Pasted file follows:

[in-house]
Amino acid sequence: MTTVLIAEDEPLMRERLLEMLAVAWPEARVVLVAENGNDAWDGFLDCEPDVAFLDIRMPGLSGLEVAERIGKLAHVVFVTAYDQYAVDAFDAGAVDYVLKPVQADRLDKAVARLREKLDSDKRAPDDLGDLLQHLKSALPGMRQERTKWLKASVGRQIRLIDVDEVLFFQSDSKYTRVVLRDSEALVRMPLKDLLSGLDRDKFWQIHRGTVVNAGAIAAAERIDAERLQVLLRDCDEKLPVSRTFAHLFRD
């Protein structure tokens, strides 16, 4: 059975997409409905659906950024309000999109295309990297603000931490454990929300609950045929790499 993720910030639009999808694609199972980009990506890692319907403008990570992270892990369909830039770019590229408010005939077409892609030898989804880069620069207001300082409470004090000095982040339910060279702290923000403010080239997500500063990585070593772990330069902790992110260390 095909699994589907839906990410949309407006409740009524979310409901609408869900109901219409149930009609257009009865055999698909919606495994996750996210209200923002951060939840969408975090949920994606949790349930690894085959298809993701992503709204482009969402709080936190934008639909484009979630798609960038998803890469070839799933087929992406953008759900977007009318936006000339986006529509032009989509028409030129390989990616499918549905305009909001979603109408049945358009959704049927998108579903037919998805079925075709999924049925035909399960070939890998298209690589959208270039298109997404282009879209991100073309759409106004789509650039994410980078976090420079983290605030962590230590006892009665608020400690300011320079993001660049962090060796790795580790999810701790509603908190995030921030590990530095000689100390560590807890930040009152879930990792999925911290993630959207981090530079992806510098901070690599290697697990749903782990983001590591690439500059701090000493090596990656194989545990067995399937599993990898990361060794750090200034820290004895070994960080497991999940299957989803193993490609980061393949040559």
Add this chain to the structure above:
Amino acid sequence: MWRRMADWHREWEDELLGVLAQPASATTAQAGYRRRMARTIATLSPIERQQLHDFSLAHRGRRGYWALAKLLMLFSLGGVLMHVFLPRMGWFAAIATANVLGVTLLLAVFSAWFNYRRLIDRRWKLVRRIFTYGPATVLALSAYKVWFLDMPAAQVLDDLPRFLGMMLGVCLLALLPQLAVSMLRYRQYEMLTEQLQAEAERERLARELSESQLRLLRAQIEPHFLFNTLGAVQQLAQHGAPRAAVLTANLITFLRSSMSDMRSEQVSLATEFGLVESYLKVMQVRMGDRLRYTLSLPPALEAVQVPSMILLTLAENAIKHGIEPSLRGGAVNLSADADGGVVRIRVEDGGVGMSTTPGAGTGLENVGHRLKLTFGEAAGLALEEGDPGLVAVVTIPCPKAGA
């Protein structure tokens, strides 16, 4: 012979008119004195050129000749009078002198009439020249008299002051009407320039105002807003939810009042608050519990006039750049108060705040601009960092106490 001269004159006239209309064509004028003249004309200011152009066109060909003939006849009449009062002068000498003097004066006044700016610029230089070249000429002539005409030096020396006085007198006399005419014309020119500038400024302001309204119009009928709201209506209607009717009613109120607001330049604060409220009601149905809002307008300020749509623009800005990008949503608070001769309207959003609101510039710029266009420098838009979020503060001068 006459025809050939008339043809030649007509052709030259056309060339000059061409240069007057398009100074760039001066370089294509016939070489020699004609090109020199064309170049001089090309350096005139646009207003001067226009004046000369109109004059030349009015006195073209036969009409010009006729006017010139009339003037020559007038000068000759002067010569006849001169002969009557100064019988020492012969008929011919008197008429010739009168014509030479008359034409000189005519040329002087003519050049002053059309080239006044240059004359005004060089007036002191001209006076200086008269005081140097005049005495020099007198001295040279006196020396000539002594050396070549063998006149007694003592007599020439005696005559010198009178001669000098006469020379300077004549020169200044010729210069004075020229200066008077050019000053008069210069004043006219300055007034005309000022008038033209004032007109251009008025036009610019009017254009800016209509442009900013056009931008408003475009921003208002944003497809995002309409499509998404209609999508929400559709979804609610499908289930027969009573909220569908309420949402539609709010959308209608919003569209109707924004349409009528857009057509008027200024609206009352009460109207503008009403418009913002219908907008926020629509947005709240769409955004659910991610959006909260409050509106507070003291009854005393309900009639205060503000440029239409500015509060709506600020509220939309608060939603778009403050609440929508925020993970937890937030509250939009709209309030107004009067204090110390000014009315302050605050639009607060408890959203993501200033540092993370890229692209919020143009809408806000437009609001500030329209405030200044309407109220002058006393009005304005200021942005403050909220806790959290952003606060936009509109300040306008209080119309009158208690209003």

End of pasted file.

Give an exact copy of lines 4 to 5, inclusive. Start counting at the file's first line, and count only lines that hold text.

Add this chain to the structure above:
Amino acid sequence: MWRRMADWHREWEDELLGVLAQPASATTAQAGYRRRMARTIATLSPIERQQLHDFSLAHRGRRGYWALAKLLMLFSLGGVLMHVFLPRMGWFAAIATANVLGVTLLLAVFSAWFNYRRLIDRRWKLVRRIFTYGPATVLALSAYKVWFLDMPAAQVLDDLPRFLGMMLGVCLLALLPQLAVSMLRYRQYEMLTEQLQAEAERERLARELSESQLRLLRAQIEPHFLFNTLGAVQQLAQHGAPRAAVLTANLITFLRSSMSDMRSEQVSLATEFGLVESYLKVMQVRMGDRLRYTLSLPPALEAVQVPSMILLTLAENAIKHGIEPSLRGGAVNLSADADGGVVRIRVEDGGVGMSTTPGAGTGLENVGHRLKLTFGEAAGLALEEGDPGLVAVVTIPCPKAGA